Some ships in northern Europe have been using liquefied natural gas (LNG) as their fuel source for over a decade, with an extremely good safety record. But as the use of LNG-fuelled vessels spreads to other parts of the world and many more parties become involved, there is a clear need to standardize LNG bunkering operations at the international level. A new ISO standard will ensure LNG-fuelled vessels can bunker in a safe and sustainable way.
Liquefied natural gas (LNG) bunkering is a particular type of operation where LNG fuel is transferred from a given distribution source to an LNG-fuelled ship. It involves the participation of different stakeholders, from the ship-side, LNG supplier, ports, safety personnel and administrations.
As demand for LNG-fuelled vessels has increased, so has the demand for practical, cost-effective and efficient LNG bunkering, so there was an urgent need for an International Standard to ensure LNG bunkering operations could be conducted safely. The new ISO 20519, Ships and marine technology – Specification for bunkering of liquefied natural gas fuelled vessels, will help operators select vessel fuel providers that meet defined safety and fuel quality standards.
In recent years, the ships and vessels fuelled with LNG have become larger, transit greater distances and may bunker in a greater number of ports in different countries. As a result, the number of parties involved in LNG bunkering is growing rapidly. Standardizing safety practices had become necessary to ensure that, no matter where the bunkering took place, there would be a common set of requirements that were understood across the board – from LNG provider to ship personnel.
ISO 20519 contains requirements that are not covered by the IGC Code, the prevailing international code for the safe carriage by sea of liquefied gases in bulk. It includes the following items:
“The requirements of ISO 20519 can be incorporated as a management objective into existing management programmes and provide verifiable compliance,” explains Steve O’Malley, Chair of technical committee ISO/TC 8, Ships and marine technology, subcommittee SC 11, Intermodal and short sea shipping, and Convener of TC 8 working group WG 8 that developed the standard. This is important, he says, because “the requirement to comply with ISO standards is often incorporated into business contracts and may also be referenced by local regulations”. Steve also extended his appreciation to ISO technical committee ISO/TC 67 on materials, equipment and offshore structures for petroleum, petrochemical and natural gas industries, which began the work on this subject and provided many of the experts for the TC 8 working group.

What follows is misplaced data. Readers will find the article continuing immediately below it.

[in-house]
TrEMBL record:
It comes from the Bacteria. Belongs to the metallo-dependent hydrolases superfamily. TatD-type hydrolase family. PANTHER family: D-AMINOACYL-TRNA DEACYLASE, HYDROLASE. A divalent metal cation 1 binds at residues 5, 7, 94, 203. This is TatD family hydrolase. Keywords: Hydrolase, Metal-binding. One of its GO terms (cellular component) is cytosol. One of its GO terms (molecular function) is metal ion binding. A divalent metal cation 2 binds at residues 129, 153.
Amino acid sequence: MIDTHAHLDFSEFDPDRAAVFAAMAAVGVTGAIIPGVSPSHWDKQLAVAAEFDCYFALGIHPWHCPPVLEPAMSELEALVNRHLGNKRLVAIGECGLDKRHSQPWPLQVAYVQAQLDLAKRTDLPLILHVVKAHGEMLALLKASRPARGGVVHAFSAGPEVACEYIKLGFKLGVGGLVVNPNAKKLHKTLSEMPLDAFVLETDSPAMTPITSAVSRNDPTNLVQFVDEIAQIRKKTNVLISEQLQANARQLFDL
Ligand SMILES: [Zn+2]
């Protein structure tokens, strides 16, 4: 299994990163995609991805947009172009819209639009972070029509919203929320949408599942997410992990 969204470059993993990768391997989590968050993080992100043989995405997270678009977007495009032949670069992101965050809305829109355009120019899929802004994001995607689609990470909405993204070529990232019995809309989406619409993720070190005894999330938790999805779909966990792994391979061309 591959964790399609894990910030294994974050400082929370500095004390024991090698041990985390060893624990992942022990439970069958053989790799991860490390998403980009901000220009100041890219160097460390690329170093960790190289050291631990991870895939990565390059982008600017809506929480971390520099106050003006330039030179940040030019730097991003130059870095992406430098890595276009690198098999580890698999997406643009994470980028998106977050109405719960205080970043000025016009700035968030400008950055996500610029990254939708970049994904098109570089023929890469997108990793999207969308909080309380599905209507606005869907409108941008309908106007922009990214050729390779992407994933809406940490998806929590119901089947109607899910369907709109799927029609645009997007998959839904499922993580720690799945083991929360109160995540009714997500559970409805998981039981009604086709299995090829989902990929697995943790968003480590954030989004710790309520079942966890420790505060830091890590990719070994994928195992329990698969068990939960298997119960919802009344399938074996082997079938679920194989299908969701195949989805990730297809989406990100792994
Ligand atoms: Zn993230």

The working group that developed ISO 20519 included specialists from the maritime industry, equipment manufacturers, the Society for Gas as a Marine Fuel (SGMF), trading companies, class societies, international registries and the US Coast Guard. This sharing of knowledge was important to produce a standard that was both practical and would promote safety during LNG bunkering operations.
The use of LNG as a vessel fuel is relatively new, so the standard will need to be brought up to date periodically to incorporate lessons learned over time and technological changes. To facilitate this, a group has been created to track LNG bunkering incidents and help identify when the standard should be updated.
ISO 20519:2017 was produced at the request of the International Maritime Organization (IMO), the European Commission and the Baltic and International Maritime Council (BIMCO), the world’s largest international shipping association.
Source: ISOPrevious Next
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